Which irresponsible maniac would let Americans get past “could we” and then which further unimaginable lunatic would have the ignorance to publish it and .... which ..enormously.... ignorant fool would purchase it and grade as good!!
Americans; get your dirty, illiterate, clumsy, slovenly large bungling hands off, you try and control everything in the world but this is a line you need to retract your size 15’s back over you’re mot having it! Sherlock Holmes is a British institution so away with you!
If you want a lesson in how to read and perform Sherlock Holmes then look no further than the esteemed captivating Derek Jacobi which is utter regal talent .
Don’t waste your time with this your ears will bleed then reject it

1 person found this helpful

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Well worth a read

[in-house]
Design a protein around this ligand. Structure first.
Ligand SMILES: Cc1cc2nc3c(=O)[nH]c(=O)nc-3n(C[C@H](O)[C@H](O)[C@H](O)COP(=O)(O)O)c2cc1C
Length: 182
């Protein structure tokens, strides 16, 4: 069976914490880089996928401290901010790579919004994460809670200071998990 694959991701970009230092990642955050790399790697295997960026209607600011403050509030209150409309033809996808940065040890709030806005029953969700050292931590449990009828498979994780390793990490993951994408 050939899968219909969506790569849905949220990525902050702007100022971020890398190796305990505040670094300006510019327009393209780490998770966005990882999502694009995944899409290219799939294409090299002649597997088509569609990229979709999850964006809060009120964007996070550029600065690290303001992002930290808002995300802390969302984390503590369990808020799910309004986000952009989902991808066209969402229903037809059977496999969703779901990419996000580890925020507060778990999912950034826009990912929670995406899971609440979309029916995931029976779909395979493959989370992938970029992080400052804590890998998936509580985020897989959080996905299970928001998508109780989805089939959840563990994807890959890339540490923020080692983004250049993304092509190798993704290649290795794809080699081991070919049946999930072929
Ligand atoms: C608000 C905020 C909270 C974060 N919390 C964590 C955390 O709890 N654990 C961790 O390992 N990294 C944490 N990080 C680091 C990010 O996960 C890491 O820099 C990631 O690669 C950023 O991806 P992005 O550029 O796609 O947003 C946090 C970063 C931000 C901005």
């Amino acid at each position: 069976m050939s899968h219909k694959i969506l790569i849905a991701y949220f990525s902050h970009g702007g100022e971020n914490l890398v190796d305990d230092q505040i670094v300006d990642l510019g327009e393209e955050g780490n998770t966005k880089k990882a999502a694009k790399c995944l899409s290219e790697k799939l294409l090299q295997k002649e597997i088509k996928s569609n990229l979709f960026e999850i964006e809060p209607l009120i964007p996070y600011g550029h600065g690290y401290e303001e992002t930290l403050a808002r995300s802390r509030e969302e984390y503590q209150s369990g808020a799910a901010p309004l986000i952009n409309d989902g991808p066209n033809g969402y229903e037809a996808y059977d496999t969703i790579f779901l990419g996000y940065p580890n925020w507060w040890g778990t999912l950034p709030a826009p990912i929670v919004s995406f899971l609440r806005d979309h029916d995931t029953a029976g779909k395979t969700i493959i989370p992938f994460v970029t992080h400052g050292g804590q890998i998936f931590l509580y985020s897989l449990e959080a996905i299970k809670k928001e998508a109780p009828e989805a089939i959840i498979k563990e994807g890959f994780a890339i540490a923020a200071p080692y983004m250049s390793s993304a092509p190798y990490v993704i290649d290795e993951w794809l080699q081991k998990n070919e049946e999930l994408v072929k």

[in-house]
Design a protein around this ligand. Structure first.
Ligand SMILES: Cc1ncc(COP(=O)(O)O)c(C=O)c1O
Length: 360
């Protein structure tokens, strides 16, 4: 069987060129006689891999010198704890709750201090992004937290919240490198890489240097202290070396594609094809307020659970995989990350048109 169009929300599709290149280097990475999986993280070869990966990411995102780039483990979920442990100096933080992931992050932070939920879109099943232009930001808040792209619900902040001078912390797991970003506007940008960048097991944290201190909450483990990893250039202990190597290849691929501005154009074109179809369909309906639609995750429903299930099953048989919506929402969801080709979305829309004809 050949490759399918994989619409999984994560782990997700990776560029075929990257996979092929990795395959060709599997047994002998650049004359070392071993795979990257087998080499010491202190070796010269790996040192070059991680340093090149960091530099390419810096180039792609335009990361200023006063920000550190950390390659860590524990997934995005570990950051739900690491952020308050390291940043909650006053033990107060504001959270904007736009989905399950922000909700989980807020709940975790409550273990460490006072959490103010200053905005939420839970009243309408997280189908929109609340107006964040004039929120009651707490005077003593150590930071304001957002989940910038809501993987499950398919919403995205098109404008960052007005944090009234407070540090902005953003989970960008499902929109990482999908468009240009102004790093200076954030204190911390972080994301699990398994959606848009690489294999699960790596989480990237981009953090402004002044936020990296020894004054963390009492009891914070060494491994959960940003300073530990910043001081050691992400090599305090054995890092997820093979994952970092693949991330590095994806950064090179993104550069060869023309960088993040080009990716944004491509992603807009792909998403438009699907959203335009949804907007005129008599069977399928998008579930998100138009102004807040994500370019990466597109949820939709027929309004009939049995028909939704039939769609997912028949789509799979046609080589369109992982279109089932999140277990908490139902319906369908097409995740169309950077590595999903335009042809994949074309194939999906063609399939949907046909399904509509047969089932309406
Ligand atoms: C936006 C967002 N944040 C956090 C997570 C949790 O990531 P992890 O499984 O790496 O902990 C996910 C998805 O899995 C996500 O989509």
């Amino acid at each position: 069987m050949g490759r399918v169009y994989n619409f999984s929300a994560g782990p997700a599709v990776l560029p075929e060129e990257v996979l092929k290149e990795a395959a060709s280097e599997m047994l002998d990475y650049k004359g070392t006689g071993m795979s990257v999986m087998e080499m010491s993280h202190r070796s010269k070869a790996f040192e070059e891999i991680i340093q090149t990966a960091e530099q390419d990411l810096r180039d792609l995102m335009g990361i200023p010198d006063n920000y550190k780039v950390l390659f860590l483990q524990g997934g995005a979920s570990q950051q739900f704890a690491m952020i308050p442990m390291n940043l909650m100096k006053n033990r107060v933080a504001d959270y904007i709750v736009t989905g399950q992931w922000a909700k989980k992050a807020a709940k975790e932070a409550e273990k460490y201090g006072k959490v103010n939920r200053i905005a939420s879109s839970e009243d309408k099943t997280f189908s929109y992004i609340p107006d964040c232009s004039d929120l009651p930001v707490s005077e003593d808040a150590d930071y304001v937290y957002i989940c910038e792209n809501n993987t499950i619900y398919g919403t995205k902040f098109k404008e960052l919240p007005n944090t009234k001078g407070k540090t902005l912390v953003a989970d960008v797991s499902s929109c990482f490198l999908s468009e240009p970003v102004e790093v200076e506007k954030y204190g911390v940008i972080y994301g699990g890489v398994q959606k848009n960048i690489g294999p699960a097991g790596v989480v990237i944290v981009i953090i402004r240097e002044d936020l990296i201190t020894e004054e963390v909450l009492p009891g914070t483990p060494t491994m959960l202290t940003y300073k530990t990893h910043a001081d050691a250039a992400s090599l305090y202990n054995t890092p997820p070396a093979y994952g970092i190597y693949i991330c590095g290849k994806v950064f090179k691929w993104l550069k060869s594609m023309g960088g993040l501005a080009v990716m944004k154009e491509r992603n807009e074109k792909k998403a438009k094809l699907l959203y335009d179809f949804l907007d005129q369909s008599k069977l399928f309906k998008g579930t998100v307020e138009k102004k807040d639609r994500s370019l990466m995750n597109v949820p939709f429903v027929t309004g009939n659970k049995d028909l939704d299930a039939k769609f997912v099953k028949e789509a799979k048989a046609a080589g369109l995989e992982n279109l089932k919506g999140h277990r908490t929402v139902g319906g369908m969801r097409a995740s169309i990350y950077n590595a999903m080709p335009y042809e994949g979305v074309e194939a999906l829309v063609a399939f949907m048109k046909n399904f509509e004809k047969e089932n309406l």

I was skeptical at first ref the concept, however I loved this story and the narration. forgive the occasional Americanisms and enjoy a great yarn

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loved it

I absolutely loved this book all the twists and turns kept me gripped from start to end

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  • Ctd
  • 07-09-20

Excellent

This entry to the Sherlock Holmes literature was far above average. The crime and the detecting were the focus of the story, which I appreciated. Plus it generally had a similar feel to the Doyle books. I read this book in just over 24 hours. I will be reading the next one in the series!

9 people found this helpful

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  • Dave O'Brien
  • 11-04-17

I have been waiting for this to come to audible .

It's a great story with a lot of historical accuracy . I wish that they had included the footnotes as an appendix because the original books have a great deal of Minnesota history identified in them in such a manner that did not interfere with the story but was available afterwards . That being said is still a wonderful entertaining story I highly recommend it

7 people found this helpful

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  • Adrienne Lirio
  • 27-02-17

Exciting and enticing!

What did you love best about Sherlock Holmes and the Red Demon: A Minnesota Mystery?